The goal was to locate and interview 100 heads of CHHs. One method employed to locate subjects was the infant orphanage with whom CFL works. This orphanage distributes provisions from the World Food Program. Children who head their homes can collect a measure of food and oil each month. The manager of this program gave me permission to bring my research assistants and interview children who came to collect food and who were interested in participating. The second method used to locate subjects was through the expertise of the research assistants. The assistants were local people familiar with and possessing connections within the communities. As such, my assistants went into neighborhoods using their own contacts to find subjects. At the conclusion of the interviews, subjects were asked if they knew any other children in the same position as the head of a home. Subsequently, a third method to locate subjects was through this referral type process.
The project resulted in 111 interviews of children who are the heads of their homes in Beira and in a few surrounding villages. To this point, all the data from the 111 instruments has been entered into SPSS and the majority of categories have been made to consolidate and organize the information collected. Currently, a few further categories must be created to consolidate and organize the more complex information. Next, the data will be analyzed and an article reporting the information will be written and submitted to academic journals.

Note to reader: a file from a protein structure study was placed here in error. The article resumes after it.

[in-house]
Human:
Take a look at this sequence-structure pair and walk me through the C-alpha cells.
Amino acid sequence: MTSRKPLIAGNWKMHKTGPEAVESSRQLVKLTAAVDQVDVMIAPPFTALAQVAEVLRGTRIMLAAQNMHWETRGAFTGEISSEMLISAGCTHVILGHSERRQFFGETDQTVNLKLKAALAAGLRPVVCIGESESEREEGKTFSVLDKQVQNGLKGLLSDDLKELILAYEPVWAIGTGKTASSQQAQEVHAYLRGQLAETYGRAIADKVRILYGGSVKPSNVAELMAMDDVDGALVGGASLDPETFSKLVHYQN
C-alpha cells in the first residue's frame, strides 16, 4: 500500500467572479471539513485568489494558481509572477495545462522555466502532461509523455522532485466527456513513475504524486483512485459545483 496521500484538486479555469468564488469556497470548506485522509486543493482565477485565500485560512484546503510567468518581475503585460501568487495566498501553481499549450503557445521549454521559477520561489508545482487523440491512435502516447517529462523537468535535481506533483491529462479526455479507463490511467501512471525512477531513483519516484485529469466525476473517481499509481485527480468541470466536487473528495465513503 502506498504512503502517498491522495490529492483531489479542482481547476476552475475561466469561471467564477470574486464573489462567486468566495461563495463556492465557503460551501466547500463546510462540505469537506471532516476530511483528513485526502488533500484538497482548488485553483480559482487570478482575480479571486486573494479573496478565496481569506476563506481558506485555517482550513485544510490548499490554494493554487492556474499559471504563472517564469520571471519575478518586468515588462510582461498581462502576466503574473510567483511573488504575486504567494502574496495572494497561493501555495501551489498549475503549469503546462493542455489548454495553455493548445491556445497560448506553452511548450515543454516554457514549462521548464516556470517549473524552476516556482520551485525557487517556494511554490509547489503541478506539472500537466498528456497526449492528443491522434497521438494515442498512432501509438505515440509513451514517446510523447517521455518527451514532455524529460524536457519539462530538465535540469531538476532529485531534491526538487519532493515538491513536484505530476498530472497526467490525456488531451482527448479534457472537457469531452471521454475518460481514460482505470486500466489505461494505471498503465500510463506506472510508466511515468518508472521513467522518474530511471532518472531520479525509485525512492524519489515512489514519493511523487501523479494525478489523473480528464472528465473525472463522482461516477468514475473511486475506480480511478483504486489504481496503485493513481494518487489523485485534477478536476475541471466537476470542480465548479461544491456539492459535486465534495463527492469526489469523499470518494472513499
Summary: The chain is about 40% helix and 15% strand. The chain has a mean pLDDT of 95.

This project was my first experience in doing international research with live subjects. With this, I learned many valuable lessons essential to conducting a project of this nature. The following will discuss ideas that would facilitate and assist researchers to conduct projects in international settings.
First, before one decides how to evaluate a problem within a country or culture, time should be spent within that country or culture by the researcher to obtain a clearer view of the problem. This would be in order to create an instrument capable of addressing the problem more comprehensively. I mention this because there were certain aspects of my instrument I initially saw as pertinent because of my own perceptions and literature I read. However, when I arrived in Mozambique, I soon realized if I had a more complete knowledge of the country, culture, problem, etc., I could have eliminated long or added other more pertinent questions.